Why do reading problems need to be solved right away

If you start talking about problems with reading, small children with a poor phonetic set immediately come to mind, who are struggling to decipher the letters and make them understood. And there are people-schoolchildren and students-who think they can read, but in fact experience a lot of difficulties with understanding words, images, conclusions, and reasoning.

 

If a child is good at deciphering text, we usually assume that they are good readers. But at the same time, the teacher may notice that the child freely "decodes" the text, but does not understand it. One way or another, both children who can't decipher and children who don't understand what is deciphered are children with reading problems. However, the latter are much less visible, and their problem is much more likely to escape the attention of adults. The child begins to fail tests and does not understand half of what is passed in the classroom - write my essay for me.

 

That's when real difficulties come, and most often this happens in middle and high school

 

The sooner you start solving this problem, the better. But it's best to remember that to complete the correction, you don't just need to practice — for example, read passages and ask questions about them — but use a comprehensive approach that includes several important things.

 

The following understanding skills and strategies can be used for the entire class. Teachers can help students choose reading material that matches their current vocabulary and abilities, so that in the classroom, children read the text and work at the levels available to each of them.

 

What to do if the child does not understand what he is reading

1. Recent research shows that difficulties with reading comprehension may stem from poorly developed oral speech, which is formed long before the child begins to learn reading. It turns out that students who have problems with reading comprehension also often understand fewer words spoken in oral speech, that is, less of what they hear. They are worse at conversational grammar. So, in order to effectively solve problems with reading comprehension, teachers may need to apply an approach that teaches vocabulary and understanding first in oral speech and only then in writing.

 

2. Children who do not understand what they read often suffer from a small vocabulary, so it is useful for them to spend a lot of time learning new words. One way is a multisensory approach: for example, images, intelligence maps, or mnemonics. Improving their General language skills increases the likelihood that they will understand the words they encounter in a written text. Since it is impossible to know and remember every word, the child should be taught different types of contextual hints and how to use them to determine the meaning of unknown words.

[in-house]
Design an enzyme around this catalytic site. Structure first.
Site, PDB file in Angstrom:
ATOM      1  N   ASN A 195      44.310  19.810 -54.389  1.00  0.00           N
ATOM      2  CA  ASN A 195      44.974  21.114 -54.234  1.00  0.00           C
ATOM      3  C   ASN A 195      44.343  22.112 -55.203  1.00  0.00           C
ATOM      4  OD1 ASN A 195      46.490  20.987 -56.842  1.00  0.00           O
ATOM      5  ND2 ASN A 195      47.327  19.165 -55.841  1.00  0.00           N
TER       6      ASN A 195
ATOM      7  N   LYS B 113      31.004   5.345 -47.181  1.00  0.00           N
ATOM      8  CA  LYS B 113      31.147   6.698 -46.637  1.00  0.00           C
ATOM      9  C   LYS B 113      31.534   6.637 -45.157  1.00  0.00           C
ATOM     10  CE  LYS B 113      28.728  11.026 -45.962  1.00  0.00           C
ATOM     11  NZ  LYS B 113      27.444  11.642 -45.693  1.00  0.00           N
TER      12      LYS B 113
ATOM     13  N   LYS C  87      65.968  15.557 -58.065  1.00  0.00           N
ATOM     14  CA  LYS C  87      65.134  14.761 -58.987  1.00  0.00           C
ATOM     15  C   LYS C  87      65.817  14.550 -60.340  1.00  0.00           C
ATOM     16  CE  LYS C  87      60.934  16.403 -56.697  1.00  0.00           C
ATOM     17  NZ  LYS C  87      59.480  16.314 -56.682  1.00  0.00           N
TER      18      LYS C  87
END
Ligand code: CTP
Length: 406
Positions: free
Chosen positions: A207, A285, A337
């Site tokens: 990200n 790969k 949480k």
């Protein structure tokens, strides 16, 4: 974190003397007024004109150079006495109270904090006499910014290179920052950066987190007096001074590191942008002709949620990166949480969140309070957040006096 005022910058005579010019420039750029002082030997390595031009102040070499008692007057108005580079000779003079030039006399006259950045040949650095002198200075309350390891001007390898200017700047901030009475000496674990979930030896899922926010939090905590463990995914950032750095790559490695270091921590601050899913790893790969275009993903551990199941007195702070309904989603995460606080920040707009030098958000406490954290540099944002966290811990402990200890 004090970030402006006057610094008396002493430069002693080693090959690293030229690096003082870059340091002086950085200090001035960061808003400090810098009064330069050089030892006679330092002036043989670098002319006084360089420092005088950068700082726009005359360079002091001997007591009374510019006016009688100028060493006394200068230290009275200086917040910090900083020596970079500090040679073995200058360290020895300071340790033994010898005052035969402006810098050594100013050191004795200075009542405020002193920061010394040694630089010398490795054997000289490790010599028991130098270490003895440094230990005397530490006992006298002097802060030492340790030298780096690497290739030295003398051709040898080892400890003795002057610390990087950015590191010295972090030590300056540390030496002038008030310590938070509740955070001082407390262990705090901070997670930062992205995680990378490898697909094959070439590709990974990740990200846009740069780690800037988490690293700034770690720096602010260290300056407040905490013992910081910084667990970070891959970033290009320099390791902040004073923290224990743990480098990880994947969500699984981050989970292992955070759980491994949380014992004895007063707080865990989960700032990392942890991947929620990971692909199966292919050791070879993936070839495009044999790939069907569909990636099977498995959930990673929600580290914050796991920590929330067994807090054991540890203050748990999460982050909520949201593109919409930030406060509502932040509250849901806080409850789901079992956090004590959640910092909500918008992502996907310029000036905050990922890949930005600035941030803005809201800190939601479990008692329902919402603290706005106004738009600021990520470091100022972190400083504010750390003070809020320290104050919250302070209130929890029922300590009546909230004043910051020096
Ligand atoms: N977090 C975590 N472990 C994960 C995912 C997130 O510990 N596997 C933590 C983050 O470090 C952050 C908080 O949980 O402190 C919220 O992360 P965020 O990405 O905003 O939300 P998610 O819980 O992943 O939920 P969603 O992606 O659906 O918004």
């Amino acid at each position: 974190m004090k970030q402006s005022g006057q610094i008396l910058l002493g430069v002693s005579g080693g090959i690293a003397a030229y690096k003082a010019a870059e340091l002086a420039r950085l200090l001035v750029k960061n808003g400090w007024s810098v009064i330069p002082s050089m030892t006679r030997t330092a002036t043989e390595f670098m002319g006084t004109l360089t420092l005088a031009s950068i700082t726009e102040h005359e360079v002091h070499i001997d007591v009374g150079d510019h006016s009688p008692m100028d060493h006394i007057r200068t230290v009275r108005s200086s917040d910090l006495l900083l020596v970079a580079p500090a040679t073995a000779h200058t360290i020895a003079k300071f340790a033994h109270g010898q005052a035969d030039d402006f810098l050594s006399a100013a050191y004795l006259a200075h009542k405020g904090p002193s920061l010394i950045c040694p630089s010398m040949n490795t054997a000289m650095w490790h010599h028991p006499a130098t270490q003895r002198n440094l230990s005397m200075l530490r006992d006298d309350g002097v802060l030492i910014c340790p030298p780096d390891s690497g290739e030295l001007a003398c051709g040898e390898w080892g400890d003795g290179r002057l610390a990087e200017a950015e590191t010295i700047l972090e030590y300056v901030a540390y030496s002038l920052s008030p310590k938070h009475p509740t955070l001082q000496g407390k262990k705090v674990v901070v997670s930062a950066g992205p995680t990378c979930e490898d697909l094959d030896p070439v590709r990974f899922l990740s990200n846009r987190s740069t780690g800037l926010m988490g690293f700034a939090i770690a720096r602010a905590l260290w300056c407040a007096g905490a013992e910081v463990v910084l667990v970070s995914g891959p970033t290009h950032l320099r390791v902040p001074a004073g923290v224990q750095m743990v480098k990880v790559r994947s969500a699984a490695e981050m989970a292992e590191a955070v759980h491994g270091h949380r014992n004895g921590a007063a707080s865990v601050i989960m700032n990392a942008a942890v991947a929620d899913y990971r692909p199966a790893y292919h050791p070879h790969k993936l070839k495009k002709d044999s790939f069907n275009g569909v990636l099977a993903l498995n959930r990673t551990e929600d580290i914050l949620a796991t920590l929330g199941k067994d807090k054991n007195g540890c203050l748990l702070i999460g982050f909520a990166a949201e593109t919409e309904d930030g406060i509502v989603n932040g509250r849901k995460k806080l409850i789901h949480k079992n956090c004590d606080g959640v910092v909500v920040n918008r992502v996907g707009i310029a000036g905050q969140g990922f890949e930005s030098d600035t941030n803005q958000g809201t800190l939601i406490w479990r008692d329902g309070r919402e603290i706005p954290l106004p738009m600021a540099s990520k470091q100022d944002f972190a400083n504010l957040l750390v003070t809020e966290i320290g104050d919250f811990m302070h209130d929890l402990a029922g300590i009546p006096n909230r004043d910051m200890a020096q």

3. As soon as a child has enough vocabulary to understand every word in the text, they find it difficult to hold their attention and keep track of all the details, or, for example, to get access to indirect information and the hidden meaning of the text.

 

In this case, the teacher can teach the child several cognitive strategies for reading text that can help: among them, an abstract, SQ3R, and a KWL diagram. They help:

 

  • learn to discuss what you read or activate the knowledge gained while reading a text;
  • develop and ask questions about what you read;
  • draw Parallels between two texts or between what the child saw and read;
  • make predictions about what will happen in the text next;
  • highlight keywords that will help you answer questions later;
  • think aloud.

Each child can choose the strategy that works best for them. Extracting deeper meaning from a text using strategic thinking can be useful not only for reading comprehension, but also for writing.

 

4. Let students engage in mutual learning-it encourages the child to take the lead and think about their thought process while reading. Teachers can use mutual learning during class discussions, with text that is read aloud, and then with text that is read in groups. Students must divide into four types and then alternate between them.

 

Participant 1. The one who asks the question. It asks about parts of a lesson, discussion, or text that are unclear or confusing to help establish a connection with previously studied material.

Participant 2. Someone who will record important things — for example, details from the text or important points of the discussion.

Participant 3. The one who will answer the questions asked by the first participant, and will be responsible for ensuring that the answers to these questions are clear to everyone.

Participant 4. Someone who will make a prediction about what will happen next based on what has been presented, discussed, or read.

5. Students must be taught the skills of understanding the text: they need to know what is the sequence, what is the structure of the text and the storyline, how to draw a conclusion from what they read, what is the figurative language and what types it has. Students should be able to first use the skills with the text they hear when the teacher reads aloud, and then with the text they read on their own and understand at their own level.